Die a Legend
The cover of Polo G’s Die a Legend features pictures of dearly departed friends and relatives looking on from heaven, their legacies front and center as he embarks upon the next, largest step of his career. The album is a timestamp for the MC, who recently relocated from Chicago to Los Angeles to escape the tragic cycle of street violence he often sings about. He’s come a long way, refining the drill music sonics of his earliest work into the more melodic and playlist-friendly delivery of songs like “Finer Things,” released nearly a year before Die a Legend.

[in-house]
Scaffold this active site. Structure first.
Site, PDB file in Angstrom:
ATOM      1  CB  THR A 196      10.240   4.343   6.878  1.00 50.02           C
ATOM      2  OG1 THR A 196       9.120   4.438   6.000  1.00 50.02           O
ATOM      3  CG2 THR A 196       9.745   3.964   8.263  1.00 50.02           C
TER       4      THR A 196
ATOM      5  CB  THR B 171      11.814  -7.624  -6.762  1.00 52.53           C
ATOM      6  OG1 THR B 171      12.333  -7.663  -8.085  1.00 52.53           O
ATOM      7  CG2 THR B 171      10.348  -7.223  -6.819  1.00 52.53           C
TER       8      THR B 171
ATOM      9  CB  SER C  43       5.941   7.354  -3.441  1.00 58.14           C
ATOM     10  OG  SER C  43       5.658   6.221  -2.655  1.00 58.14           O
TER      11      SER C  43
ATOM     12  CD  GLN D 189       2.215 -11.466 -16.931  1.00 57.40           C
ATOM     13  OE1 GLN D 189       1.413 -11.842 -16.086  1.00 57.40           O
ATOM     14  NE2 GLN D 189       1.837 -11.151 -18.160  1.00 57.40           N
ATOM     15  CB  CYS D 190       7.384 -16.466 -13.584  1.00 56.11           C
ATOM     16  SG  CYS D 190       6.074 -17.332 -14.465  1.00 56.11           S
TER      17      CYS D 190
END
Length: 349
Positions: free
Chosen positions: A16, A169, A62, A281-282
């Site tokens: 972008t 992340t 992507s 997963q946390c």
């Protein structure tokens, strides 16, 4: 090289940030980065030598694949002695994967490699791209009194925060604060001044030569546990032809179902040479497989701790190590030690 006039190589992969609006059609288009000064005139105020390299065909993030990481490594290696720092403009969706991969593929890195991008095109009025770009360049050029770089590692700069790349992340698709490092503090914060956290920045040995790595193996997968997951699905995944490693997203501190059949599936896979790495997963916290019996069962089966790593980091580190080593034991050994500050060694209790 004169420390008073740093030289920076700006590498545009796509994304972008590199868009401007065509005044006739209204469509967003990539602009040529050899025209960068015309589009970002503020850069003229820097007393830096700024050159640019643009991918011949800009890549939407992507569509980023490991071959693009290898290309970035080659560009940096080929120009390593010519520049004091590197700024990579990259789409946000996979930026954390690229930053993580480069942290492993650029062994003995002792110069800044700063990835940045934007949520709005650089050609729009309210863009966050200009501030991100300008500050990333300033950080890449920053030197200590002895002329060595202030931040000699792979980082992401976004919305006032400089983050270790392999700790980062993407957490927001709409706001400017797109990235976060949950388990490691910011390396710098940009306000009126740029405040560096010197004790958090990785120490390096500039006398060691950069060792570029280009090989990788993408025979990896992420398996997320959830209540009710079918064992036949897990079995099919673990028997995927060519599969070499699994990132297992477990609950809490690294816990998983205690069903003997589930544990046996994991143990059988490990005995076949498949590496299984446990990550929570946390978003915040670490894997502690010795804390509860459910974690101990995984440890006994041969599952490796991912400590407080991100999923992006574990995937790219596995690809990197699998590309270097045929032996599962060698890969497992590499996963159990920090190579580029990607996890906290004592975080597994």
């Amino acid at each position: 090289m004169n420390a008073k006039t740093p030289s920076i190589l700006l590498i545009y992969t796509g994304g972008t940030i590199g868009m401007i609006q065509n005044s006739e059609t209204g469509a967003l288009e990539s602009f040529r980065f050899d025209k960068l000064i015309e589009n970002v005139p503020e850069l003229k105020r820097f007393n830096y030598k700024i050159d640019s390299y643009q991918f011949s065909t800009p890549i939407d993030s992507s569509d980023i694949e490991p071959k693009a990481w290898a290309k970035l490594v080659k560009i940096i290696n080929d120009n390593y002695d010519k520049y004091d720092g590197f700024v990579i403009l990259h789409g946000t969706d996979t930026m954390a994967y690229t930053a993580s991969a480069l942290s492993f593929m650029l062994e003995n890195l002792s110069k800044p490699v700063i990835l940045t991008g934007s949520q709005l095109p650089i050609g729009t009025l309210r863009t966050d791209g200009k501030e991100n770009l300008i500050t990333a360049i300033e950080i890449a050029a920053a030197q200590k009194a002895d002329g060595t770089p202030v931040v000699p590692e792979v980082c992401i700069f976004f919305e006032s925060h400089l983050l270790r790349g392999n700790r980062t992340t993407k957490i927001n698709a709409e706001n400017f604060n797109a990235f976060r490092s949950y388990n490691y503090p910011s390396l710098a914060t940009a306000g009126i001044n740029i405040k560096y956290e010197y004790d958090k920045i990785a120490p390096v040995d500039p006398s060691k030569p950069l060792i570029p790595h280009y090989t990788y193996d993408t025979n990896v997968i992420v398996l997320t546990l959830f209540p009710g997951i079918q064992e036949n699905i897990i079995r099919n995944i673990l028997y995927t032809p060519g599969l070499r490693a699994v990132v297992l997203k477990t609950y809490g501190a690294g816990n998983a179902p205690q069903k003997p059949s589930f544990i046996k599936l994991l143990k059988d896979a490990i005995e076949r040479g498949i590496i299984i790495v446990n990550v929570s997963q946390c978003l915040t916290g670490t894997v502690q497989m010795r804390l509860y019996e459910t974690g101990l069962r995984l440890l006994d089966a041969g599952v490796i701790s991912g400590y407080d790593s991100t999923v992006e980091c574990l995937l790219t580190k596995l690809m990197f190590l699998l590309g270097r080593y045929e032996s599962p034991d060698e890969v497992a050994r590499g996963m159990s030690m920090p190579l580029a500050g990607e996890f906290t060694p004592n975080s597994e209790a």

The tow of his former life is ever-present, though, and celebrations of success are often inseparable from pain. “Couldn't leave my brother in them trenches, told him come and stay with me/We gon' live like kings for all them nights ain't have no place to sleep/N*ggas watched us starve and never offered us a plate to eat/Took off, now they mad, but I know that they won’t wait for me,” he raps on “Through da Storm.” His bars can come across as catharsis, but there are constant warnings that Polo is still very much of the environment he left. On “Lost Files” he talks about being anointed for success by God, and then, in the same verse, details a remorseless revenge killing. Songs like “A King’s Nightmare” serve as warnings to the generation behind him, while “Dyin Breed,” “Pop Out,” and “Last Strike” all paint him as someone not to be toyed with. On the whole, Die a Legend is a portrait of an artist trapped between the plight that informs a great deal of his work and what lies beyond the determination to escape that trauma. Fortunately for Polo G, he’s singing about the experiences he’s already had as opposed to the ones yet to come.